I know there are more pre-1940 occult detective characters out there than are on my Chronological Bibliography. There must be. However, it’s been quite a while since I’ve discovered one. And so I’ve taken a new tactic to locate more while, at the same time, starting a new branch of literary research.
I’m now interested in something I’m calling “ghost hunter fiction.” In fact, exploring it is one of the reasons I’ve started The Merry Ghost Hunter website — to give myself a place to record and share my findings and thoughts.
I’ve only started to nail down what I mean by “ghost hunter fiction.” I know that I’m restricting this body of work to ghost stories. Stories about ghosts. To mangle Sherlock Holmes’s famous line about dismissing ghosts as a mystery’s solution: no vampires, werewolves, immortal alchemists, demons, or other such non-ghost entities need apply.
I’ve also decided that ghost hunter fiction must involve hunter characters who aren’t simply haunted by a ghost they’ve stumbled upon, even if they do some subsequent “hunting” to find a resolution. The lot of fictional ghost stories go roughly like this: “I moved into a new house. Shortly after redecorating, I discovered the place was haunted, and hoowee, was it scary! But I did some digging and found out that, while living, the ol’ phantom served time in prison. I took one look at the vertically striped wallpaper I’d hung — and replaced it with a floral print. Well, everything’s dandy now. The end.” To my thinking, that’s not a ghost hunter story.
Rather, the general pattern of ghost hunter story goes something like this: A character hears about a house (or bedroom or graveyard, etc.) that’s rumored to be haunted. The character is intrigued and investigates, the motivation ranging from a longing to confirm the reality of ghosts to an urge to dispel such superstitious nonsense. Now, here’s where my interest in ghost hunters departs from how I’ve delineated occult detectives. While I’ve defined the latter as characters who accept or come to accept the reality of supernatural intrusions into the physical world in order to resolve a mystery, in the former, I’m including those characters who debunk seemingly ghostly occurrences by unmasking perfectly natural explanations for them. A sleepwalker perhaps. Maybe a dog. Even criminal doings!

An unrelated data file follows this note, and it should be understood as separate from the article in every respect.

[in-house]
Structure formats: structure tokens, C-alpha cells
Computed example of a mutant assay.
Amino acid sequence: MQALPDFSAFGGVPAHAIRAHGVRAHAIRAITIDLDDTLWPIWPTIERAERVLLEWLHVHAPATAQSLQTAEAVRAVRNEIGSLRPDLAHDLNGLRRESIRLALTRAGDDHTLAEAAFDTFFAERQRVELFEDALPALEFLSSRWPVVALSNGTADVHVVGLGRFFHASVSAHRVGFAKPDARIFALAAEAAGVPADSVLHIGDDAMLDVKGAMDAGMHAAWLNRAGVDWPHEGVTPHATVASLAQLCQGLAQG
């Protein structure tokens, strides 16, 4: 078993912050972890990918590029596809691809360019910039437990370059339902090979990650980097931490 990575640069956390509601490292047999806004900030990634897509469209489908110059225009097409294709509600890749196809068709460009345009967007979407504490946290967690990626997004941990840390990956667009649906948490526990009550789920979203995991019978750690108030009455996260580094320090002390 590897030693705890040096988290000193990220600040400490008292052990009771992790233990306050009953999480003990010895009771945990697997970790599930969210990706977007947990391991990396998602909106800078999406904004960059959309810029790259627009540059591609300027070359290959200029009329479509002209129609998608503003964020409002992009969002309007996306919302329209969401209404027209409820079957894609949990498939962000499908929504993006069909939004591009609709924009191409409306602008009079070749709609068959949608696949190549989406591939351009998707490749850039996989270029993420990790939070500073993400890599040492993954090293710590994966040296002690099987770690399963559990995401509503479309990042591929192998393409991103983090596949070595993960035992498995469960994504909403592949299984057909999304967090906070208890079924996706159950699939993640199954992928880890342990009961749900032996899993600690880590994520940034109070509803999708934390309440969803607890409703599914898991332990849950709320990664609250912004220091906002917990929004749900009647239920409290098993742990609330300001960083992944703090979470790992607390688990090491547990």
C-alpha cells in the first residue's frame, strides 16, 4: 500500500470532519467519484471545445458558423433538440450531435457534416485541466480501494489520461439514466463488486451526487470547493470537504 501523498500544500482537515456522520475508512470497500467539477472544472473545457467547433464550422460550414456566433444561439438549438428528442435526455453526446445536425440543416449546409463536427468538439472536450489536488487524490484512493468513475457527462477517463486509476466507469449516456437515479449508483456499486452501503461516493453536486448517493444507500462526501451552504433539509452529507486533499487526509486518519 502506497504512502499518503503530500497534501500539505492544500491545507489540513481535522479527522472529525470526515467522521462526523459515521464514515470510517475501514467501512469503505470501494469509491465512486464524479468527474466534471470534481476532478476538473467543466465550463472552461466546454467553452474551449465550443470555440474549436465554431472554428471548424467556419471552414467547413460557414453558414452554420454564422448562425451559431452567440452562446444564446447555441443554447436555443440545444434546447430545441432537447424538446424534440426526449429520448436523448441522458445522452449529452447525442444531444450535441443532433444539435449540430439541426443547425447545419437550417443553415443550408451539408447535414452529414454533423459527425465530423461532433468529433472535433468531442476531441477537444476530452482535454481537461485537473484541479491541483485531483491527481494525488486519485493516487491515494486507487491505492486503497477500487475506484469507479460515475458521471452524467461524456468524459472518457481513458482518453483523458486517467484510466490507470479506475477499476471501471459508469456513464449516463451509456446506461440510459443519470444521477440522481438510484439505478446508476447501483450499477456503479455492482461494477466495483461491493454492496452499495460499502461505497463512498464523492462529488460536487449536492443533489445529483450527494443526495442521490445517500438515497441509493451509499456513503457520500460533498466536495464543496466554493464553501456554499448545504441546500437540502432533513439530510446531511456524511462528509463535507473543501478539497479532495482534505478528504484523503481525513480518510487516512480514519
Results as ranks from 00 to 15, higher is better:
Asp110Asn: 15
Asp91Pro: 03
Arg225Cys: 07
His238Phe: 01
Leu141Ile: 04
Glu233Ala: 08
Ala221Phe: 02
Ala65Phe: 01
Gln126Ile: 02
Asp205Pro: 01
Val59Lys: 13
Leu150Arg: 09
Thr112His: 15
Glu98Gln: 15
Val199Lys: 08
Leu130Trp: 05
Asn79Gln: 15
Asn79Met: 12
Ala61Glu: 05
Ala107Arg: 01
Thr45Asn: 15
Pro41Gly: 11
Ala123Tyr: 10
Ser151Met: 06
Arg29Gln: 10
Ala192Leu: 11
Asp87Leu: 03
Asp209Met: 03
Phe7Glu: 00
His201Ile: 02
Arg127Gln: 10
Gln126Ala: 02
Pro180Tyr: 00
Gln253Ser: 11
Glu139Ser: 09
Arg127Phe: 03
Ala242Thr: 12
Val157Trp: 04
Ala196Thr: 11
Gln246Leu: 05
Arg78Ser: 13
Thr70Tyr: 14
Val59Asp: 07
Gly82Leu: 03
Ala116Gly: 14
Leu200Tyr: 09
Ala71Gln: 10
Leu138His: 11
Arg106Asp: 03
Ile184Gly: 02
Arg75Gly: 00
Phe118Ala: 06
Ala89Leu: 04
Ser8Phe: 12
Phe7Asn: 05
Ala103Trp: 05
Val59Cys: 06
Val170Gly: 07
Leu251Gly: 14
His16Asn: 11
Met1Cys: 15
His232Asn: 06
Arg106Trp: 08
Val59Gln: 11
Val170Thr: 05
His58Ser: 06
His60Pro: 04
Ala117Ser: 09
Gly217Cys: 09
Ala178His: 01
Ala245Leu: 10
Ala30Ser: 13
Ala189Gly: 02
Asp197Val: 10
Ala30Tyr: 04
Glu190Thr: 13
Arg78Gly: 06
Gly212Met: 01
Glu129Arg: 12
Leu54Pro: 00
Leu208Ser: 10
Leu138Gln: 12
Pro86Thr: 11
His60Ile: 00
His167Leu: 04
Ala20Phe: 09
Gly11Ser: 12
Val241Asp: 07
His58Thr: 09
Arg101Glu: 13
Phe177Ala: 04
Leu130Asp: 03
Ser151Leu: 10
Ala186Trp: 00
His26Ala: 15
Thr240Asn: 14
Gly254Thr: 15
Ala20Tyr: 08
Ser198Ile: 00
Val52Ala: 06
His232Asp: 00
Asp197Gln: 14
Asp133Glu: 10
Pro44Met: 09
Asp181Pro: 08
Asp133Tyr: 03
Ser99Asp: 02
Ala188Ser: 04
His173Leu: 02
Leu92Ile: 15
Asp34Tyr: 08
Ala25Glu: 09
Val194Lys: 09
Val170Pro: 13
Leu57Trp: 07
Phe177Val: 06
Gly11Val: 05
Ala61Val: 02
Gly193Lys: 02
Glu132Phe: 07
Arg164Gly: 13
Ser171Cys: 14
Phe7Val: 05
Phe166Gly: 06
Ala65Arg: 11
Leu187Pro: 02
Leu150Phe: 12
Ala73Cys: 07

Of course, some ghost hunters — many of them, in fact — do encounter those supernatural intrusions. I’m hoping that such characters will qualify for my Chronological Bibliography. Going the other way, some of the characters already on that list fit my criteria for fictional ghost hunters. The narrator of Edward Bulwer-Lytton’s novella “The Haunted and the Haunters,” for example, is a key character in both classifications. E. and H. Heron’s Flaxmon Low and William Hope Hodgson’s Thomas Carnacki play for both teams, too.
So far, the earliest examples I’ve located of ghost hunter fiction that fits my tentative definition are the anonymous “A Night in a Haunted House” (1848) and William Howett’s “The Haunted House in Charnwood Forest” (1850). There’s a ghost hunter scene in Washington Irving’s “Dolph Heyliger,” which first appeared in Bracebridge Hall (1822), but there’s so much other stuff that I’m hesitant to deem it a ghost hunter story. And I’m still scratching my chin about whether or not Sholto and Ruben Percy’s “Seizing a Ghost” (1823) involves a character who is a ghost hunter per se — or who is simply courageous enough to see what’s what in a room alleged to be haunted. Either way, how unexpected is it that this gutsy, defiant character from 1823 is a woman and “poetess,” named Madame Deshoulieres?
I’m looking forward to more surprises. Needless to say, I probably have another chronological bibliography in my future. For now, though, I’m limiting my preliminary research to pre-1925 stories that are ideally online or, at least, that I can read for myself. If anyone happens to know of possibilities, please leave me a comment!